Systems of Resilience

Middle school students crave independence. When given the choice, they often prefer to walk or bike to school, particularly with groups of friends.

But even though hundreds of students walked independently to Thomas Starr King Middle School, hundreds more were driven, many as little as a quarter of a mile. The number one reason cited was that their parents would not let them, because drivers made it feel unsafe. Thomas Starr King Middle School was along Los Angeles's "high injury network" - the 6% of streets that contained 70% of severe injuries and fatalities. And every car that drives to school, creates an environment less inviting for those who walk and bike. What would it take to make the streets feel comfortable and safe for walking and biking?

By bringing together coalitions of parents, students, community members, bike and walk activists, school teachers and administrators, forming partnerships with bike shops and bike shares, and persistent engagement with public officials, change was set into motion.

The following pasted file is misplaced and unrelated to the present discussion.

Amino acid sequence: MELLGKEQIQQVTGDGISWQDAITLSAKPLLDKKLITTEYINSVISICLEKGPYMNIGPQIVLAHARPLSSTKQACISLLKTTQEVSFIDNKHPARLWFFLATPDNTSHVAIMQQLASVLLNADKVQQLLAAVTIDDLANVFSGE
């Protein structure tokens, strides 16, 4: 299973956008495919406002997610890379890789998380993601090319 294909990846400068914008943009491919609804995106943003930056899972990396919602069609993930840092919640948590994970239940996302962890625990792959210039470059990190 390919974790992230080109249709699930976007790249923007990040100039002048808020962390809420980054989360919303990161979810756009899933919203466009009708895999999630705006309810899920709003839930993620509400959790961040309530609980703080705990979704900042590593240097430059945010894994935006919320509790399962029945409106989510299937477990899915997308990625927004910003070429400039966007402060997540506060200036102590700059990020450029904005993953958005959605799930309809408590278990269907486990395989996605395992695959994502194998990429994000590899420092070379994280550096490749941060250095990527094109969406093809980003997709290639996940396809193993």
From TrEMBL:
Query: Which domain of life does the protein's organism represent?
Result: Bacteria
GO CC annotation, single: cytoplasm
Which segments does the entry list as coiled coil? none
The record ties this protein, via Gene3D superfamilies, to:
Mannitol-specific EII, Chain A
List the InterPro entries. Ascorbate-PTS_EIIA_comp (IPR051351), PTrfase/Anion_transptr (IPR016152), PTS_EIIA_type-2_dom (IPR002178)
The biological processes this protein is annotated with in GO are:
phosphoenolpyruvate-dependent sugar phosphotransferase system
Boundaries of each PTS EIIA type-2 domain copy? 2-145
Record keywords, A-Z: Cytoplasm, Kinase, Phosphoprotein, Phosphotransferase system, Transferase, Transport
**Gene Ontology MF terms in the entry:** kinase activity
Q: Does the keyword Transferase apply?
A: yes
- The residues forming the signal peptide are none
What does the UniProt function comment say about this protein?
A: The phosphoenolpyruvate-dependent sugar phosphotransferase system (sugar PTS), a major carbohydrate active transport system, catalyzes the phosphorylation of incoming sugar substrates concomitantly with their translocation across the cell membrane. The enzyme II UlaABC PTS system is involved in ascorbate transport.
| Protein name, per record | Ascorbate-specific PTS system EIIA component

Work culminated with LA's first "All Red" traffic light phase in front of school, a strong symbolic gesture in support of walking, as well as a necessary safety measure that allowed students to cross the main intersection conflict free. Over 40 newly painted crosswalks, 2 geometric redesigns of intersections, miles of newly striped and patched bike lanes, multiple drop off zones several blocks from the school to reduce driving up to the school, meet up points for students to walk those last few blocks, and more bike racks altered how people approached the school. Multiple school wide transportation surveys, and pedestrian and bike counts documented challenges and progress. Walk to School and Bike to School Days, Bike fix-it clinics, Driver Education to stop at unmarked crosswalks to let students cross, Student Education to "talk with their hands" to indicate to drivers that they should stop and allow students to cross energized a shift in culture. Photos, videos, news stories and ongoing civic engagement helped document and retell our stories over and over again. And there is still much more work to do.